Just to support what colin has explained colonies of micro organisms grow in your filter and these colonies consume waste in the water and keep your water from becoming toxic. Every time you change a cartridge you throw away these colonies, your filter loses the ability to consume ammonia and you have to start over growing a new colony. Most cartridge type filters have 2 or more cartridges, so when you have to change a cartridge you only change 1 at a time so you dont throw away all your micro organisms in one go. From what little information i can find your filter is a single cartridge filter and this wont work.

And.

The filter cartridges for your filter contain zeolite. Zeolite chemically absorbs ammonia, so it is chemically doing what these organisms would be doing biologically. Zeolite will give you the appearance of being cycled without being cycled. This is where sales ploy comes in. Zeolite can only do so much before it gets used up, so you need to regularly change these cartridges to get new zeolite into the filtration. If the zeolite gets used up, ammonia will spike because you arent cycled, and cause sickness in your fish. You become a cash cow to the filter manufacturer always having to replace filters.

Much better to do away with the cartridges, do away with the zeolite, get some proper filter media in your filtration, and cycled properly with micro organisms that can consume ammonia long term without constantly having to change and throw away cartridges.

While i cant find anything useful to show you on your specific filter, here is a good video showing a better setup than cartridges on a similar filter.

https://youtu.be/UFP05dhawsw

What i would do is first is look inside your filter and see if there any space to get some biological media in there alongside or behind the cartridge. Biological media would be ceramic rings, or seachem matrix. Richards video is really a promo for biohome so he always uses biohome as biological media in his videos. If you cant get any biological media in there, then maybe some sponge which also acts as biological media.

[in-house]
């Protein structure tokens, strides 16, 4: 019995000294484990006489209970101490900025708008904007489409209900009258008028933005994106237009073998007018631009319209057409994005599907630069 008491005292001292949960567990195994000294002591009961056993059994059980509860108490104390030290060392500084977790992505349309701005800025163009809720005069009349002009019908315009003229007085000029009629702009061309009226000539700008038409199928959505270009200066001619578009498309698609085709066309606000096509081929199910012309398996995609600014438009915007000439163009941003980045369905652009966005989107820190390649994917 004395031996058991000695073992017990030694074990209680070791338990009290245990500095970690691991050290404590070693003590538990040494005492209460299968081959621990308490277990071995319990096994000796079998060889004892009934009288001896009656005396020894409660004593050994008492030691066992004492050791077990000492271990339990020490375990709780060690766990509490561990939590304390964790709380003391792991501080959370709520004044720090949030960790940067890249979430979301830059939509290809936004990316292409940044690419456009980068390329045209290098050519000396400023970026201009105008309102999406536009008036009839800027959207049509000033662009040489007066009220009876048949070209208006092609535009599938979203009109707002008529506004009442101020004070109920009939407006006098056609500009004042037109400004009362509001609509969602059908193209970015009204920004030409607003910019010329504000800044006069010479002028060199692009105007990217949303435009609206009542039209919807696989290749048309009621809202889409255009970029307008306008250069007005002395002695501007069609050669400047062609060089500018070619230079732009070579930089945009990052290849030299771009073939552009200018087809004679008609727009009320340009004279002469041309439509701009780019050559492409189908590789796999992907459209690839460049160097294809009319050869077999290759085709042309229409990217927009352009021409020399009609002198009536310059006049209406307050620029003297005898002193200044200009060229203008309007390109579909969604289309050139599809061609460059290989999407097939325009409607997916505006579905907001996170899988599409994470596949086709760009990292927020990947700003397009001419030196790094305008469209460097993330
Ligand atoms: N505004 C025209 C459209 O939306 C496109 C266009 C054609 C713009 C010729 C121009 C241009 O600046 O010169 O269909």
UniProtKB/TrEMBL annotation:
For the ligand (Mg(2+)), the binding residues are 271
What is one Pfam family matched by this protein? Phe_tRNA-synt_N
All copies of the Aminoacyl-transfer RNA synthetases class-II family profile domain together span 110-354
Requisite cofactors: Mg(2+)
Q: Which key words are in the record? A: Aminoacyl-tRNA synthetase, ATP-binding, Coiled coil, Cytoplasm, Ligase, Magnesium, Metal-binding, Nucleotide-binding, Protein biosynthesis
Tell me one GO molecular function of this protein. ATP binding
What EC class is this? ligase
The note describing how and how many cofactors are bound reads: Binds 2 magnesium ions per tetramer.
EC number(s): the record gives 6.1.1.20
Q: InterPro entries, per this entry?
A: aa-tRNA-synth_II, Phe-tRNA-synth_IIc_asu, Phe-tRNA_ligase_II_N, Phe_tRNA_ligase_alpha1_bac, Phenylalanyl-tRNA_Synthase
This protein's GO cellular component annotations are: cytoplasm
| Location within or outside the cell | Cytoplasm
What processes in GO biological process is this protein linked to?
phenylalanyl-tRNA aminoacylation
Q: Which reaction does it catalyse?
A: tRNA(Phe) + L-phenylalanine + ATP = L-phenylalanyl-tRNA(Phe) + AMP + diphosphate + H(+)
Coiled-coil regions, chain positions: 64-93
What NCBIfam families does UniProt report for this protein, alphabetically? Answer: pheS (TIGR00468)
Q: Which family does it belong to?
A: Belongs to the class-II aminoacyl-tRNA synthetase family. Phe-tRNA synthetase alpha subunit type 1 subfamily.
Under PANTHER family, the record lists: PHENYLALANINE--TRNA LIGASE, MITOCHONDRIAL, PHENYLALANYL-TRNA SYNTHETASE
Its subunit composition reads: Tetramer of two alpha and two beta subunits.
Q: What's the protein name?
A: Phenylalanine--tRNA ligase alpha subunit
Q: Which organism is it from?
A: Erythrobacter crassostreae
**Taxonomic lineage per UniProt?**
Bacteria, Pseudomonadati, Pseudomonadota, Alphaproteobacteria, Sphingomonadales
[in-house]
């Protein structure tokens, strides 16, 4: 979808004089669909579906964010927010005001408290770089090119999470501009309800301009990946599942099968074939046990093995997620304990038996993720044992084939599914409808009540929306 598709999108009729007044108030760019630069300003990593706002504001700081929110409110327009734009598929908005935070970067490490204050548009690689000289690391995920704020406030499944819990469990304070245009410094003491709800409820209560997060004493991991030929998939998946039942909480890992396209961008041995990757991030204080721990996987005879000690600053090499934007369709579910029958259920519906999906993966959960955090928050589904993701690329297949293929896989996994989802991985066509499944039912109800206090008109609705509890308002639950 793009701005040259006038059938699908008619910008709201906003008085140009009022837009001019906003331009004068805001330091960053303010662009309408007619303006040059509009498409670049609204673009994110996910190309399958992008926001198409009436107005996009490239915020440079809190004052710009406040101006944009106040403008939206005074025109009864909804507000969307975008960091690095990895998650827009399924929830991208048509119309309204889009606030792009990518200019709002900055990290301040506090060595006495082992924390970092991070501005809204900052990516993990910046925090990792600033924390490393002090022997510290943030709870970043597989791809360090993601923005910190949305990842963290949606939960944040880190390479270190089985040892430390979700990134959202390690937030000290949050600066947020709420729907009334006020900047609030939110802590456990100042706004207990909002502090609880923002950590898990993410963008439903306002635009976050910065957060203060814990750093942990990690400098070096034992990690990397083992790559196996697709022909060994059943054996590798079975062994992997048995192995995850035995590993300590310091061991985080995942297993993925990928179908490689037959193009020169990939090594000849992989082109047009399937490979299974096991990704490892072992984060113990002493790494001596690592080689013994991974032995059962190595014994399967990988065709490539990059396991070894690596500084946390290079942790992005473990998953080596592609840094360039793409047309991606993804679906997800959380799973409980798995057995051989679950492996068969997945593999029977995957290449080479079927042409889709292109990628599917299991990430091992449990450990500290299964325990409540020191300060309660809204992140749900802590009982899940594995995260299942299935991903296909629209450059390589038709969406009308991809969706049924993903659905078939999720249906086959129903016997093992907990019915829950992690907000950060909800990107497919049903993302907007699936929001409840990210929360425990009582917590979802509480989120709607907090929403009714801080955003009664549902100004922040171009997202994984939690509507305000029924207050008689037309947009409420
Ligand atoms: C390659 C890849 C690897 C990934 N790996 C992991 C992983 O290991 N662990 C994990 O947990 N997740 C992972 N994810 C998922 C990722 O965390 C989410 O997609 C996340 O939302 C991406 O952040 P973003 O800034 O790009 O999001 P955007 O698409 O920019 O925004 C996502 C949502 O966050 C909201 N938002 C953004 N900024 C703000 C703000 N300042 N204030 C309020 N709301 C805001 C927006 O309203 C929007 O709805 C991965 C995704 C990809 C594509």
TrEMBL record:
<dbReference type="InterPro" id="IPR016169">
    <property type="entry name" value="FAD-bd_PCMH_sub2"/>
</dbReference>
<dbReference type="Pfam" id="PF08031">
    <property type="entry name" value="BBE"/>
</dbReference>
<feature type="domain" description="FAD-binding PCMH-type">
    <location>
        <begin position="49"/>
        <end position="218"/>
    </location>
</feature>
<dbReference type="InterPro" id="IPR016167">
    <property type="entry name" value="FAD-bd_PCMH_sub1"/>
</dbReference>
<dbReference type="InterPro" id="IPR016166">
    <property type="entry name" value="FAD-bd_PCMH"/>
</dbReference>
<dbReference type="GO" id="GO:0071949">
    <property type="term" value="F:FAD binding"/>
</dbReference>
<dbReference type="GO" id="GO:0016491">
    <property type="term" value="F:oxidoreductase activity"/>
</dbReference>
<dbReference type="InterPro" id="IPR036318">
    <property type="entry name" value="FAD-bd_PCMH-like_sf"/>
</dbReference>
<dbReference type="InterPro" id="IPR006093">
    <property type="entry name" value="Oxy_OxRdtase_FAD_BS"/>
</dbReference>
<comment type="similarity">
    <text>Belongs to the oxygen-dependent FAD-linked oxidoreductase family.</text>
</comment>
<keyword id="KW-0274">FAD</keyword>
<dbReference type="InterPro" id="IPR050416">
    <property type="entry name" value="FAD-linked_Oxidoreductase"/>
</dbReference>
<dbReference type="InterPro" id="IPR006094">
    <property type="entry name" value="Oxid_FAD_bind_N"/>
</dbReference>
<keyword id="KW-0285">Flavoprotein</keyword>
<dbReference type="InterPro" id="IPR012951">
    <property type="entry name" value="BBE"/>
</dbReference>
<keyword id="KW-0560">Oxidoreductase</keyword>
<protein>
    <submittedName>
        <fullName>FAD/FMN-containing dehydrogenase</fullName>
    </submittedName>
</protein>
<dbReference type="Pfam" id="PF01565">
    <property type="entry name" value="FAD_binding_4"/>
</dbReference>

Run your filter with this new biological media or sponge alongside the cartridge for a couple of months. This will give your new media time to grow these colonies of micro organisms before you remove the cartridge altogether. If the cartridge gets too dirty and clogged up during this couple of months just rinse it using water taken from your tank, or dechlorinate some tap water and use dechlorinated water to rinse it out, then put the cartridge back.

After 2 or 3 months your ultimate set up should be something like richards video, but get there gradually rather than just changing it all in one go.

When you clean filter media, its just a rinse in water taken from your tank or dechlorinated water. Give the filter housing a wipe down.

The only things that needs to be thoroughly cleaned are any moving parts like impeller, impeller shaft, impeller cap etc. There should be maintenance instructions on how to clean any moving parts in your filters user manual. I do this ever 4 to 8 weeks depending on my mood/ motivation at the time and it helps to prevent wear and tear and reduces how often these moving parts need replacing. I replace these moving parts every 18 months to 2 years too when my filters start to sound a bit rattley.


Thank you! I will go look at my local pet store and/or pick up some sponges for this! I really appreciate all of the help and you taking the time to explain!

Another issue has come to my concern too. Click image for larger version

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I havenít introduced any new fish and have fed flakes to them in the meantime, but one of my black mollies developed white spots on one of its sides and two white dots on the top of its head. They are due for a partial water change tomorrow.
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Old 04-11-2023, 06:02 PM   #10
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The white stuff is excess mucous. Check the water quality and do a big water change and gravel clean the substrate every day for a week. If there's no improvement after a week or water changes, post more pictures.
Make sure any new water is free of chlorine/ chloramine before it's added to the tank.